Social Security and Bankruptcy
Bankruptcy can be a lifeline for those drowning in debt, but it’s essential to understand how the process affects different forms of income, such as Social Security benefits. It’s wise to consult with an experienced Los Angeles bankruptcy attorney if you’re considering bankruptcy. They can guide you through the complexities of Chapter 7 and Chapter 13, ensuring that your Social Security benefits and other vital assets are protected.
Social Security Benefits: A Protected Asset
Historically, Congress has maintained that Social Security benefits are exempt from being utilized to pay back creditors during bankruptcy. These benefits are shielded from the claims of creditors, reflecting a commitment to protect the financial well-being of beneficiaries.
Commingling Social Security Benefits: A Potential Exception
However, an essential exception could jeopardize this protection. They may lose their exempt status if Social Security benefits are mixed or commingled with other income, such as regular wages. Legal experts recommend creating a separate, dedicated account solely for Social Security income to ensure that these benefits remain protected.
Chapter 7 vs. Chapter 13 Bankruptcy: A Comparative Analysis
Bankruptcy law provides two main avenues for individuals seeking debt relief: Chapter 7 and Chapter 13. Here’s a closer look at both:
Chapter 7: Liquidation
Chapter 7 is often called liquidation bankruptcy. It involves a trustee who sells the debtor’s nonexempt assets and distributes the proceeds to creditors. Unlike Chapter 13, it doesn’t require submitting a debt-repayment plan.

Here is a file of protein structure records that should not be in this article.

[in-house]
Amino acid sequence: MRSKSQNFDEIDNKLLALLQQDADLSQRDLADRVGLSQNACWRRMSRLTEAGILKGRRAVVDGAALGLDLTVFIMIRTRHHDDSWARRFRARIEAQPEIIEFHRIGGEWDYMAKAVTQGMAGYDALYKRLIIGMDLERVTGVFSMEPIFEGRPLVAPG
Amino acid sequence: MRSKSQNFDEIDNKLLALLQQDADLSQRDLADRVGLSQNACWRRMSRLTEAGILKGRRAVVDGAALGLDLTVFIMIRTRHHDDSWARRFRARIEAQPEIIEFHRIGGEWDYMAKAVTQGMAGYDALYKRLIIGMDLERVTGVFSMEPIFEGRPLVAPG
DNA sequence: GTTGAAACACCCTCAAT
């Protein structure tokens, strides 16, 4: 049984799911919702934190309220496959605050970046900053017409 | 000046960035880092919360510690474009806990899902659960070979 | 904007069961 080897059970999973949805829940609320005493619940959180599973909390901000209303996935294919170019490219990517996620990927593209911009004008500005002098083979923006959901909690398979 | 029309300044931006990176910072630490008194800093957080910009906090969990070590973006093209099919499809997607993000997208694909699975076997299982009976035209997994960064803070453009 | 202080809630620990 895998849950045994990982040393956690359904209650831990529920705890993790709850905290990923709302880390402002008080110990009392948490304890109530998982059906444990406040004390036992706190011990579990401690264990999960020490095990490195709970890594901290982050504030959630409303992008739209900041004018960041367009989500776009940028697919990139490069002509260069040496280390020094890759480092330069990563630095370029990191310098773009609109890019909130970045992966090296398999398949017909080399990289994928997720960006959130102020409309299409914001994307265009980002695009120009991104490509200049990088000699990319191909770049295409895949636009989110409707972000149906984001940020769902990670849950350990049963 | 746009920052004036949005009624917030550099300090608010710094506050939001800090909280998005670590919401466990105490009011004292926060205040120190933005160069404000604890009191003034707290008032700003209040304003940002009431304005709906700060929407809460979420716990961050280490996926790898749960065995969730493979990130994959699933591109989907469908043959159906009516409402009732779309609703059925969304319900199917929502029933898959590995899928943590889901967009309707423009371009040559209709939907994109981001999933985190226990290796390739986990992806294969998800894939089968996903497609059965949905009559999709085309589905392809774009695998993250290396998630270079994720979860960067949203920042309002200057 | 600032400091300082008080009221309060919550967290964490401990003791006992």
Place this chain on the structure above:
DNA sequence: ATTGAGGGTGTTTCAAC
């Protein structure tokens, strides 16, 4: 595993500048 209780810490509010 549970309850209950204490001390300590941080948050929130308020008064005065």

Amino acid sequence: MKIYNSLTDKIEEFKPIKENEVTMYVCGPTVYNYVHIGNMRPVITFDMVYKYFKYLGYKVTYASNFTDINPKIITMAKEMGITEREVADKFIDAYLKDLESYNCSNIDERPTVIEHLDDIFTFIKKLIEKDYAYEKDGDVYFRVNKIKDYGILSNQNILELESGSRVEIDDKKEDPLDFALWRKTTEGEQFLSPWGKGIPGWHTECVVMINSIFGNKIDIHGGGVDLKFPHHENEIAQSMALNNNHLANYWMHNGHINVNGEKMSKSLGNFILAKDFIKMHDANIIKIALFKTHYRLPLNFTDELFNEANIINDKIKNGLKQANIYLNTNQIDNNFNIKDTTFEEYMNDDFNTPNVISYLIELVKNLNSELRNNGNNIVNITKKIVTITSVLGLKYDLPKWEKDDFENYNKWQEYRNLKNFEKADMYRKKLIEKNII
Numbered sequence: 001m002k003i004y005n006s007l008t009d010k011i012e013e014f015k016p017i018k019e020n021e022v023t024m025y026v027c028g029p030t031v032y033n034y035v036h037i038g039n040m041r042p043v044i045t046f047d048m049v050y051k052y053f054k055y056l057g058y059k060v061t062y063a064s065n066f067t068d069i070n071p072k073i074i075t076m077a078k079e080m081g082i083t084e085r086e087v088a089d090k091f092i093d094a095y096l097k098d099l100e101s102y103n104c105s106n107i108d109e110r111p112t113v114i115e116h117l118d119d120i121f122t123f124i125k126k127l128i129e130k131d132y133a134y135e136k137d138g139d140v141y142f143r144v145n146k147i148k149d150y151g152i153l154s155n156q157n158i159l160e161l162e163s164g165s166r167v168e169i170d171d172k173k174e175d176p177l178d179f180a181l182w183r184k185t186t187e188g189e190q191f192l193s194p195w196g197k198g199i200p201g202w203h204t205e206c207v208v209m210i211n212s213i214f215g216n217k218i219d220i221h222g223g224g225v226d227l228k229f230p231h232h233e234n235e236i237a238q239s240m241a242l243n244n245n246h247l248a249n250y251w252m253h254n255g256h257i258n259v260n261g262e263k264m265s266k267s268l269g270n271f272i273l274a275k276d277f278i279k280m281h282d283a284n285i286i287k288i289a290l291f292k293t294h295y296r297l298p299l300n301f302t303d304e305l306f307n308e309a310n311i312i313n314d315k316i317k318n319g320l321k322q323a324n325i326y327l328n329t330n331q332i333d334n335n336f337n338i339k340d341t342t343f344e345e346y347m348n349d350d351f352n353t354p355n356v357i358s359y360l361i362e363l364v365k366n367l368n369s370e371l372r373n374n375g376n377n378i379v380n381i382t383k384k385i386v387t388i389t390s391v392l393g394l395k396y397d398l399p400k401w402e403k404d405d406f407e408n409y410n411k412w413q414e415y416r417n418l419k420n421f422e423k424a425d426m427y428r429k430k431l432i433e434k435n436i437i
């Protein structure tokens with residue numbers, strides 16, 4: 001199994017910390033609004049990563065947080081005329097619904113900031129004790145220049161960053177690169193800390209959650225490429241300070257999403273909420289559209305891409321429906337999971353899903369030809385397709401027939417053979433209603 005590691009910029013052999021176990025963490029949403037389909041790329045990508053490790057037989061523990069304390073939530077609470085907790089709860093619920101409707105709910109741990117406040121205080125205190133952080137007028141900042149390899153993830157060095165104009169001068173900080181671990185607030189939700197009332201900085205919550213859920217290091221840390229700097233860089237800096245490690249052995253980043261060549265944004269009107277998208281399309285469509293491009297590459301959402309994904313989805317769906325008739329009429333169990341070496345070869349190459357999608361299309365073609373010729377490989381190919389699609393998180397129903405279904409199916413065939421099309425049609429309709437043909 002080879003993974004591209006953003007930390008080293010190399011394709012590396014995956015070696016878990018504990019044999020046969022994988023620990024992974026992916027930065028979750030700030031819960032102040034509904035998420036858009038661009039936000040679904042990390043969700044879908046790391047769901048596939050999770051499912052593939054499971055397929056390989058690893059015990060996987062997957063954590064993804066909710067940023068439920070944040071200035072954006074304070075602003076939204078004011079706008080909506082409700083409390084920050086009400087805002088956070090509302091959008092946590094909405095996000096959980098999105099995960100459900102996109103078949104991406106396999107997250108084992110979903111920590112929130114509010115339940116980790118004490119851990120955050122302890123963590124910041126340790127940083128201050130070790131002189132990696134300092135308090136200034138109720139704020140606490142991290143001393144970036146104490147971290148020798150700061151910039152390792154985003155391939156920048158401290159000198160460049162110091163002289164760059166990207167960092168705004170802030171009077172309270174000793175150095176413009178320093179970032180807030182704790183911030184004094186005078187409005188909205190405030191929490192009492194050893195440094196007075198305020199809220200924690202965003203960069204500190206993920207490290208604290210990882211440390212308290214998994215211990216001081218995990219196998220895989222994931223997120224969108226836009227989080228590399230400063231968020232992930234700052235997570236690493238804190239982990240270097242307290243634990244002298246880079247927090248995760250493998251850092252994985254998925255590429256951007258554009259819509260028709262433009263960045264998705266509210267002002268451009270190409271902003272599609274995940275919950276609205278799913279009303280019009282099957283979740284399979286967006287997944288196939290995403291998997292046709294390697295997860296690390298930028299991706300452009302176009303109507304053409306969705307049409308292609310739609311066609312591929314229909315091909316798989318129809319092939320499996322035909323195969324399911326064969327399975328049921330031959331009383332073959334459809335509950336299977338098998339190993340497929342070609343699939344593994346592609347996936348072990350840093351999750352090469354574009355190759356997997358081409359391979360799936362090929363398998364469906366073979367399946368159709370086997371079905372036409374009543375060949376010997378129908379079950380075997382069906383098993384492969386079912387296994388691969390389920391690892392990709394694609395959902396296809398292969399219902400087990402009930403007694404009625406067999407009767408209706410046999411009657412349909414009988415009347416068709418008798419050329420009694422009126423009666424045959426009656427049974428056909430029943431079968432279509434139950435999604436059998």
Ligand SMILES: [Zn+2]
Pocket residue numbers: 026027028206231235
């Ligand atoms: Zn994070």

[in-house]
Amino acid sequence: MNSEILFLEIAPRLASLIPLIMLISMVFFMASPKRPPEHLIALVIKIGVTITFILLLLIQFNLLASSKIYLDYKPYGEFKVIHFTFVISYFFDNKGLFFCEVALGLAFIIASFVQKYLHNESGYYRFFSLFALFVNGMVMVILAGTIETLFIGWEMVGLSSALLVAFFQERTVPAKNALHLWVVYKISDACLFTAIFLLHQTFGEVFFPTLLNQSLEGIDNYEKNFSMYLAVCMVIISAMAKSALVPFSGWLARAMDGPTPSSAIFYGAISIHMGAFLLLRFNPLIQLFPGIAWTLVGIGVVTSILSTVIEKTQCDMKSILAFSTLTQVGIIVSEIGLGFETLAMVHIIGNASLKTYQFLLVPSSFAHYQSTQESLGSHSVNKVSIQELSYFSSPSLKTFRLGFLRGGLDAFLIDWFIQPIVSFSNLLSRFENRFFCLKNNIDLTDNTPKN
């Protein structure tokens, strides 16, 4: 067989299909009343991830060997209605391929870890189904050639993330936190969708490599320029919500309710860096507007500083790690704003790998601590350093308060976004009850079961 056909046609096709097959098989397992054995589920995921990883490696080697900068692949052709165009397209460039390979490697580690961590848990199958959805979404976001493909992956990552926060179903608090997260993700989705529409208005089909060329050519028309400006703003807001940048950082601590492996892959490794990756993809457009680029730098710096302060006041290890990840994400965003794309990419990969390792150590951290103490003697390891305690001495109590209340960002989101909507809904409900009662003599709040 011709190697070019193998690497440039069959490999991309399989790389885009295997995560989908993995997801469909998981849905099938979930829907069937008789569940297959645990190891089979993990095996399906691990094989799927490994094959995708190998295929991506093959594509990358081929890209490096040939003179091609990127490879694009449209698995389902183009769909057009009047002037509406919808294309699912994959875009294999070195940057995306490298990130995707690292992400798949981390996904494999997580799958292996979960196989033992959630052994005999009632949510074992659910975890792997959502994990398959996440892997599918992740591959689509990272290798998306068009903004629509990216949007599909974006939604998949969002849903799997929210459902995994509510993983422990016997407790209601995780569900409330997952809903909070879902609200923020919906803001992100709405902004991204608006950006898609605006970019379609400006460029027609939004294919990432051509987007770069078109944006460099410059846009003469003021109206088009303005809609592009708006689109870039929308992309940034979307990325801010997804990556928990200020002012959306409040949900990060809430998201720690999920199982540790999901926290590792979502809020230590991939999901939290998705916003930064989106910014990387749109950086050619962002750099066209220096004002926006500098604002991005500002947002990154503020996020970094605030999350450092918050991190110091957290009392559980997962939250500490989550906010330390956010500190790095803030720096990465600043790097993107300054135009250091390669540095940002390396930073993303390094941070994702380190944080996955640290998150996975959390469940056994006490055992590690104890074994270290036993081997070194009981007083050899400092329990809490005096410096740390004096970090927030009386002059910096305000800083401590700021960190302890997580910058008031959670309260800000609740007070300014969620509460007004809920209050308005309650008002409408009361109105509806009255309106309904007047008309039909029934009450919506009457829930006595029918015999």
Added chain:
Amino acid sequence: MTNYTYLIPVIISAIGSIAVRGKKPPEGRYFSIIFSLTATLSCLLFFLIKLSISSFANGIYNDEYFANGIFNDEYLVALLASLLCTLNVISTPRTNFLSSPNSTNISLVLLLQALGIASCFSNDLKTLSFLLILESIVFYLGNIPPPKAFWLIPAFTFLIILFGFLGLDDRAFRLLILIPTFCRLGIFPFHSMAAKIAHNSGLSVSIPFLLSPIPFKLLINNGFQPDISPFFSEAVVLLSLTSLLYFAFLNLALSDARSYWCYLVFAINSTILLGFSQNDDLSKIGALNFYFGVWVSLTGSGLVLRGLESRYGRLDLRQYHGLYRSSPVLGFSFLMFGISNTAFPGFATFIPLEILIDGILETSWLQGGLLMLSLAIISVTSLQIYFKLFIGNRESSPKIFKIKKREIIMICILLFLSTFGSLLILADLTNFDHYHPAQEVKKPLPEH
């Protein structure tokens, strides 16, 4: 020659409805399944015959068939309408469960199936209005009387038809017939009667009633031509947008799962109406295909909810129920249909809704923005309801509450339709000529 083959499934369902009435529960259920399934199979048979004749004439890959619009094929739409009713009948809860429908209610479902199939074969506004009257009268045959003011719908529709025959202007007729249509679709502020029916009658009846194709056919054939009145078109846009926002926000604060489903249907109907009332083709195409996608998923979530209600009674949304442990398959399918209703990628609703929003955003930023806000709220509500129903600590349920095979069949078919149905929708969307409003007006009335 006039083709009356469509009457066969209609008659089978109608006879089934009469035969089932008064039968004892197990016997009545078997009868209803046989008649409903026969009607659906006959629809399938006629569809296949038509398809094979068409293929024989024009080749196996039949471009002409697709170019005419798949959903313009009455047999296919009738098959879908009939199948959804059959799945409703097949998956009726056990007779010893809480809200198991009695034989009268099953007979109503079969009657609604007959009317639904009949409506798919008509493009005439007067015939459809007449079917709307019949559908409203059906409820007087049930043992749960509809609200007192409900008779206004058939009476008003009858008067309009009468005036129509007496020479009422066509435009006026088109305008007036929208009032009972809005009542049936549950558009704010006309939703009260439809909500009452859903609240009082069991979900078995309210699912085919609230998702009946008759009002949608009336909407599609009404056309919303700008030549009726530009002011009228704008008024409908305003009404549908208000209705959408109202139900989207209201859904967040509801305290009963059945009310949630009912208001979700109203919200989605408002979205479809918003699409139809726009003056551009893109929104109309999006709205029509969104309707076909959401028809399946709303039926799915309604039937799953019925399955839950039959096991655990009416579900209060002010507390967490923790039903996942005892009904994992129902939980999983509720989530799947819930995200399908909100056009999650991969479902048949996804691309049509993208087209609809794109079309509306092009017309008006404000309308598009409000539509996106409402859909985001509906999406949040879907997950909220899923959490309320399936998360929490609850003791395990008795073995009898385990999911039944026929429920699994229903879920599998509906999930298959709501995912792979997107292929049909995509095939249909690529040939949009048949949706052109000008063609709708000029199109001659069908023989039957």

Social Security and Chapter 7: Federal law specifically excludes Social Security benefits from being garnished by creditors. Even so, prior Social Security payments deposited into your bank account could become part of the bankruptcy estate if mixed with other funds. This commingling could lead to these funds being distributed to creditors.
Chapter 13: Reorganization
Also known as the wage earner’s plan, Chapter 13 allows individuals with regular income to devise a plan to repay all or part of their debts over 3 to 5 years. It can help preserve major assets, such as a home or vehicle, and prevent wage garnishment.
Social Security and Chapter 13: Unlike Chapter 7, Social Security benefits are not at risk of being seized in Chapter 13, as the debtor retains all assets while making repayments under the plan.
Reporting Benefit Income: Necessary but Protected
Your Social Security benefits play a role in your bankruptcy filing, both directly and indirectly.
Chapter 13: Social Security benefits must be reported in the income filing but are not included in the calculation of disposable income payable in Chapter 13 cases.
Chapter 7: In California, these benefits must also be listed for Chapter 7 filings. While contributing to the means test determining eligibility, they remain exempt from paying creditors.
Disability Back Pay: An Important Consideration
If you receive Social Security Disability Insurance (SSDI) or Supplemental Security Income (SSI) back pay, understanding how bankruptcy affects these funds is crucial.
Chapter 7: Unspent past disability payments mixed with other money may be pursued by a Chapter 7 trustee. If commingled, this back pay could be considered part of the bankruptcy estate and distributed to creditors.
Chapter 13: In contrast, Chapter 13 protects deposited funds, and this situation doesn’t apply.
Navigating the Intersection of Social Security and Bankruptcy
Social Security and bankruptcy intersection is a complex and nuanced area, particularly in California. While Social Security benefits are largely exempt from bankruptcy proceedings, exceptions and specific circumstances require careful attention and strategic planning.
Consulting with Wadhwani & Shanfeld and discussing your unique financial situation is vital for making informed decisions. We will work with you to navigate the bankruptcy process confidently and securely by taking proactive steps, such as setting up a dedicated account for your Social Security benefits.